As some of you may know, I volunteer at Meals on Wheels every Tuesday morning. One of the perks of donating two hours each week is that I sometimes take home a meal, when there are extras, and I often get a bag of bread loaf ends, that would otherwise get thrown out. I was talking with Rhonda, our Meals on Wheels kitchen coordinator extraordinaire (among other good things), and she recommended that I turn them into breadcrumbs. I only started taking the ends last week and I’ve just been eating them, making breadcrumbs is so much more exciting!
Homemade Bread Crumb Recipe
I feel silly calling it a recipe because it’s really really easy. All you do is take your bread and make them on a baking sheet at 300 degrees for ten or fifteen minutes. Halfway through, flip them so each side gets dried out evenly. You don’t want to burn them, just toast a bit of the moisture out. Once their nice and toasty, remove them, break them up a little, and put them in your food processor. Give it a bunch of pulses until you get it to the consistency you like.
On what bread to use: Use anything. Mix it all together. Once it gets turned into bread crumbs, you won’t really notice that it was wheat, white, rye, whatever; because the pieces will be pretty small.
Adding in some spices: Rhonda said she turns them into breadcrumbs, adds in some spices, and sometimes gives them as little gifts. I think you can get very creative with breadcrumbs. Italian seasoning, onion powder, garlic powder, chili powder, salt, pepper, and anything your mind can think of. I’ve read recipes that include soup mixes too (which are pretty much powdered chicken/beef stock and some spices).
Here are a few other tips:
- Make it in big batches: We made five pieces (bread ends) worth last night for our Chicken Parm breading but the cleanup is the same as if we had made an entire loaf (washing out the food processor and the baking tray).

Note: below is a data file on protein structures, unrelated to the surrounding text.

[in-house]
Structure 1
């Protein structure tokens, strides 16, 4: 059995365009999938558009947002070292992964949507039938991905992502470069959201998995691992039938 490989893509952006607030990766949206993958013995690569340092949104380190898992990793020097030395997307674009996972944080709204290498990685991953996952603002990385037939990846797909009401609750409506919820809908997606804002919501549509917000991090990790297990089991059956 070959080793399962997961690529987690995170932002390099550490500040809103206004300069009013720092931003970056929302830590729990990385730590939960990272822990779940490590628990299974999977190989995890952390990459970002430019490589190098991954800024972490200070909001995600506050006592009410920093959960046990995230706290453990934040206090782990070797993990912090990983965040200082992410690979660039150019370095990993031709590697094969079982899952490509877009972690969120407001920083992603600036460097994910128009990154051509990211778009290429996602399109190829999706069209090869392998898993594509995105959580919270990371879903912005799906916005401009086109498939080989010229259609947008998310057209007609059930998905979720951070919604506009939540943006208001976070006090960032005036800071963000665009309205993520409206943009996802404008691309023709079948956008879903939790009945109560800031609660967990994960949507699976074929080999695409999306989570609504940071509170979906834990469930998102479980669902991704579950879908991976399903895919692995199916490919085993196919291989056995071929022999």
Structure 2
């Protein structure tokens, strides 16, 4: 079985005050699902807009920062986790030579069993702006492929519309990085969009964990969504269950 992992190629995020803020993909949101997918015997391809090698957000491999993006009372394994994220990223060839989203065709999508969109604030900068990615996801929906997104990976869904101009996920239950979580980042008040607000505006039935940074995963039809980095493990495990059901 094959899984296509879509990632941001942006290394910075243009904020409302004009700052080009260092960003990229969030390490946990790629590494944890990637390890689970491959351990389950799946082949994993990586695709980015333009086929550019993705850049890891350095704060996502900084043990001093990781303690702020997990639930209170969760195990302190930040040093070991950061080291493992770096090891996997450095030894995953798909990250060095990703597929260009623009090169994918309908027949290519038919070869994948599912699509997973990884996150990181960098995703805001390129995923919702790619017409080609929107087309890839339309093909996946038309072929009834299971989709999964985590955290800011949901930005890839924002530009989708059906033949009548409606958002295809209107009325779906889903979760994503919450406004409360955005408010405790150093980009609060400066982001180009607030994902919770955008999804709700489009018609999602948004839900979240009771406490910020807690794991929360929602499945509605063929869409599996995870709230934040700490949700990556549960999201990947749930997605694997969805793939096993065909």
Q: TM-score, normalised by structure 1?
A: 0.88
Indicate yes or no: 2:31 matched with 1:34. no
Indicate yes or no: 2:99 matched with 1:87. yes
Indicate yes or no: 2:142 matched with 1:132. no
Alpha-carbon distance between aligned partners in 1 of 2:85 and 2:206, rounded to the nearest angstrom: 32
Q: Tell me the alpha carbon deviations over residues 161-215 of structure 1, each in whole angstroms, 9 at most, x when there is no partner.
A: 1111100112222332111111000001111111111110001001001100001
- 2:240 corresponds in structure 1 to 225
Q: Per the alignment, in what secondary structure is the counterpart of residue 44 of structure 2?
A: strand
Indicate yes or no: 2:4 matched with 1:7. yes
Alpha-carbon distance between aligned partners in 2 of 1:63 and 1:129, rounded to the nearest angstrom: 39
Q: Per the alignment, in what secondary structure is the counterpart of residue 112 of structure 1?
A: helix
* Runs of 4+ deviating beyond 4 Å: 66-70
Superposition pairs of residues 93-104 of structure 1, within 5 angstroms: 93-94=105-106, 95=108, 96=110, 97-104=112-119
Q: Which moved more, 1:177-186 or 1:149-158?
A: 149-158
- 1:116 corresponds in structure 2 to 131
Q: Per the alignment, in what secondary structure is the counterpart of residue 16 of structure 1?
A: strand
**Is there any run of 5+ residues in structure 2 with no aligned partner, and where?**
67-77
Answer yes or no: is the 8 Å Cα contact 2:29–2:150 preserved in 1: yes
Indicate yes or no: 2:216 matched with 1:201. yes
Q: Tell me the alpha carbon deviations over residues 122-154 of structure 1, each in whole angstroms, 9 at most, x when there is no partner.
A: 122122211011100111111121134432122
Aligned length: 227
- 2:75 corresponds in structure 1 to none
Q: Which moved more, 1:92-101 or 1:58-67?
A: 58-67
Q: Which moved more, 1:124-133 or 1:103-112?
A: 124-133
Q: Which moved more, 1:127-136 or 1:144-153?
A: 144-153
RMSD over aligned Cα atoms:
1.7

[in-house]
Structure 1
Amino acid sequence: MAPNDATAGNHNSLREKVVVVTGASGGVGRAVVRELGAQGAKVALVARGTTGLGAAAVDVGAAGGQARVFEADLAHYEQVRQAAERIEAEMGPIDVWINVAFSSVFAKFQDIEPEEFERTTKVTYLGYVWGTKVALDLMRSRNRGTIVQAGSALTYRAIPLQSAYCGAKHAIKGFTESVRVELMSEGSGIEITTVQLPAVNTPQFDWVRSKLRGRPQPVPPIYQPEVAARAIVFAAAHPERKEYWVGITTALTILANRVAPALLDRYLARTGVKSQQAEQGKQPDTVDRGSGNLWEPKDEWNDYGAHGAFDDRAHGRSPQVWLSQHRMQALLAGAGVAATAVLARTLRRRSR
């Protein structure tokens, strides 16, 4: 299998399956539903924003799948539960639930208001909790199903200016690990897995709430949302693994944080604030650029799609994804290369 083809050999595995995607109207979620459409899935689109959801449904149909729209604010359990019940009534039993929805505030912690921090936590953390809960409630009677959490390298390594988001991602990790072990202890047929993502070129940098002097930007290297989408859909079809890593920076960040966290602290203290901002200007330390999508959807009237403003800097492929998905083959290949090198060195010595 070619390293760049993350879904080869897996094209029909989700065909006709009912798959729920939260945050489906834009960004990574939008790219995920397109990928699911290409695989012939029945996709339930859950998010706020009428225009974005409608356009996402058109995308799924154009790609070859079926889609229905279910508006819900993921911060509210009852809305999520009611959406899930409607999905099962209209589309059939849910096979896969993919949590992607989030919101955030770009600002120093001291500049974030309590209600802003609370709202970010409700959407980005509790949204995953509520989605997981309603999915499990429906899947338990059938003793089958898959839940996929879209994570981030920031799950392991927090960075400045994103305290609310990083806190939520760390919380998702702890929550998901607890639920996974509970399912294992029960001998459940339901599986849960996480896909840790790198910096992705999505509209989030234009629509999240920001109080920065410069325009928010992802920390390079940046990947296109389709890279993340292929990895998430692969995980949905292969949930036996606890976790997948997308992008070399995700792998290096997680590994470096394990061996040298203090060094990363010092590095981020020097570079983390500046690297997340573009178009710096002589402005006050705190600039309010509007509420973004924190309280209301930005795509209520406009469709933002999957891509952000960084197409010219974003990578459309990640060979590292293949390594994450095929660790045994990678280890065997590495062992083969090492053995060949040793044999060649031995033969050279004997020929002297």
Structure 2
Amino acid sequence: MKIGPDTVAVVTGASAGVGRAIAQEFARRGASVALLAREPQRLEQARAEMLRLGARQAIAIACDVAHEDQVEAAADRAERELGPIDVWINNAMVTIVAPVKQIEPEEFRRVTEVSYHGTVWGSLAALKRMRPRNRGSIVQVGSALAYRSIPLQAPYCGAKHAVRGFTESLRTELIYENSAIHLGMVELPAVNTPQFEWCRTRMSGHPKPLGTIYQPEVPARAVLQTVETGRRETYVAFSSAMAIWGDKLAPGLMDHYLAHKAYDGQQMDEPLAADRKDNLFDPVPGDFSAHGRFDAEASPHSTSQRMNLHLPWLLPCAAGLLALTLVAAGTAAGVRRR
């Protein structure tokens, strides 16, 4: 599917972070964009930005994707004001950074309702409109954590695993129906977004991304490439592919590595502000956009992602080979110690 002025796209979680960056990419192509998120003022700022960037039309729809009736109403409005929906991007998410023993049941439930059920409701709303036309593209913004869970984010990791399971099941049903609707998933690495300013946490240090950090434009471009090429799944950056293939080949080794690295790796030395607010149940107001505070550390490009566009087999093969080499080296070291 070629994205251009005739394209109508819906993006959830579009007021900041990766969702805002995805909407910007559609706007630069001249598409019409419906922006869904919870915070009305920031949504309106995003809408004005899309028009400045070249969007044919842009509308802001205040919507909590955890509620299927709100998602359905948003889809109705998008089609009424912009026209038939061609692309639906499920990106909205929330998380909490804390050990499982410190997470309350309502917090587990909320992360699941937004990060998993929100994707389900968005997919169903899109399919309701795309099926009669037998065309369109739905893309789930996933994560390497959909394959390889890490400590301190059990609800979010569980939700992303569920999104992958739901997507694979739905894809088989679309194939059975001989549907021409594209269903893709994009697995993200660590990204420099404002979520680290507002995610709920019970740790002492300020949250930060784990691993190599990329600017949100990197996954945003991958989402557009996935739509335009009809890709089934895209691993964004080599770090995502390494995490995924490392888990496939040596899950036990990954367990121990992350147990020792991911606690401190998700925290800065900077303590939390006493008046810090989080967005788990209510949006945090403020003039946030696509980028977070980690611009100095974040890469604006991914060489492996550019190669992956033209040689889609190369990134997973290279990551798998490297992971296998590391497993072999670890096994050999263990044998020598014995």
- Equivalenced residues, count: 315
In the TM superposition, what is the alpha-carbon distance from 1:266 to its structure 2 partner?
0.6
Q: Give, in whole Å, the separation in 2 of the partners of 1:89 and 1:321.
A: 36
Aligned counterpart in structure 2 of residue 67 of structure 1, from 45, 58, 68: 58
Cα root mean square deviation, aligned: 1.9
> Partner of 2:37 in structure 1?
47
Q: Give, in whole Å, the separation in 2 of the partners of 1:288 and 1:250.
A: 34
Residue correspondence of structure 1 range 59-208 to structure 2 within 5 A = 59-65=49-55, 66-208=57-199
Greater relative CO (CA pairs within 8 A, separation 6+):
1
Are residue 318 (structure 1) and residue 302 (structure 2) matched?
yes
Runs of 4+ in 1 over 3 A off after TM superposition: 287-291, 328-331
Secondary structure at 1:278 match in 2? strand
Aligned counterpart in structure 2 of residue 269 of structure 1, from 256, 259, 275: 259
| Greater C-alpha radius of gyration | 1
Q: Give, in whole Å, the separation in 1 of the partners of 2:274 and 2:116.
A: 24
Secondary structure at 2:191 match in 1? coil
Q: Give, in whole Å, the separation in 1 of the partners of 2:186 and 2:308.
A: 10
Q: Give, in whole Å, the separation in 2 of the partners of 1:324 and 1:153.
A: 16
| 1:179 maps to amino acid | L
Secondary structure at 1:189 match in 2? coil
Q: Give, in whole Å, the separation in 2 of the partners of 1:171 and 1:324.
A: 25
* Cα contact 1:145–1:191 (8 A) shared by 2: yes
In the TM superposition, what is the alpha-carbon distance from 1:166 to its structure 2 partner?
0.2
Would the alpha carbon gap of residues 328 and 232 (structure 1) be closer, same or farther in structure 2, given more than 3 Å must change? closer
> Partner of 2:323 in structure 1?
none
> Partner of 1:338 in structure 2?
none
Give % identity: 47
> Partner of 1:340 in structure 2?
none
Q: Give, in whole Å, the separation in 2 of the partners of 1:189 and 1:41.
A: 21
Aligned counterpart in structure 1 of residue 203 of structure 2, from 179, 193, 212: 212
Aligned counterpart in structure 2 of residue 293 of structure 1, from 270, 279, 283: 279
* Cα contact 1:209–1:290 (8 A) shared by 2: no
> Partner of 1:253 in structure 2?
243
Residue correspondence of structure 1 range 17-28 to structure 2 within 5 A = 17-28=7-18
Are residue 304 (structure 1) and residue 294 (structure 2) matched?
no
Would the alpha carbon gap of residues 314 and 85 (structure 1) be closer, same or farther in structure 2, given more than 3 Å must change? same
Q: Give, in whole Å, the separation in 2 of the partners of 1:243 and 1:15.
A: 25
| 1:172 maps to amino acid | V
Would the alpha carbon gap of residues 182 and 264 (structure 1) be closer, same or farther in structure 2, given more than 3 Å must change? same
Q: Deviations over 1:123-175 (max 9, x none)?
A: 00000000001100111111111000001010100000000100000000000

- Add the spices into the processor, rather than tossing it in yourself: I was going to mix it all by hand after I pulverized the bread crust but then my brain actually kicked in and I put it in the food processor as I blended. I know it sounds obvious but it wasn’t obvious to me at first!
- The more moisture left in the bread, the larger the pieces: If you like varying size breadcrumbs, you can leave some of the moisture in the bread and the crumbs will be of varying size. The more moist areas will stick together whereas the dry areas will break into powder very easily.
- Let the bread cool a little: Unless you’ve managed to get all the moisture out, moisture will still emanate from the bread until it cools. This will cause a small headache in the food processor as the smaller bread particles stick to the wall of the processing bin because of the moisture in the air.
- Get creative: Part of the fun of making your own stuff is experimenting!
Now I feel silly buying breadcrumbs (much like I felt silly buying Boboli pizza crusts!). Ever make your own homemade bread crumbs?
(Photo: collinanderson )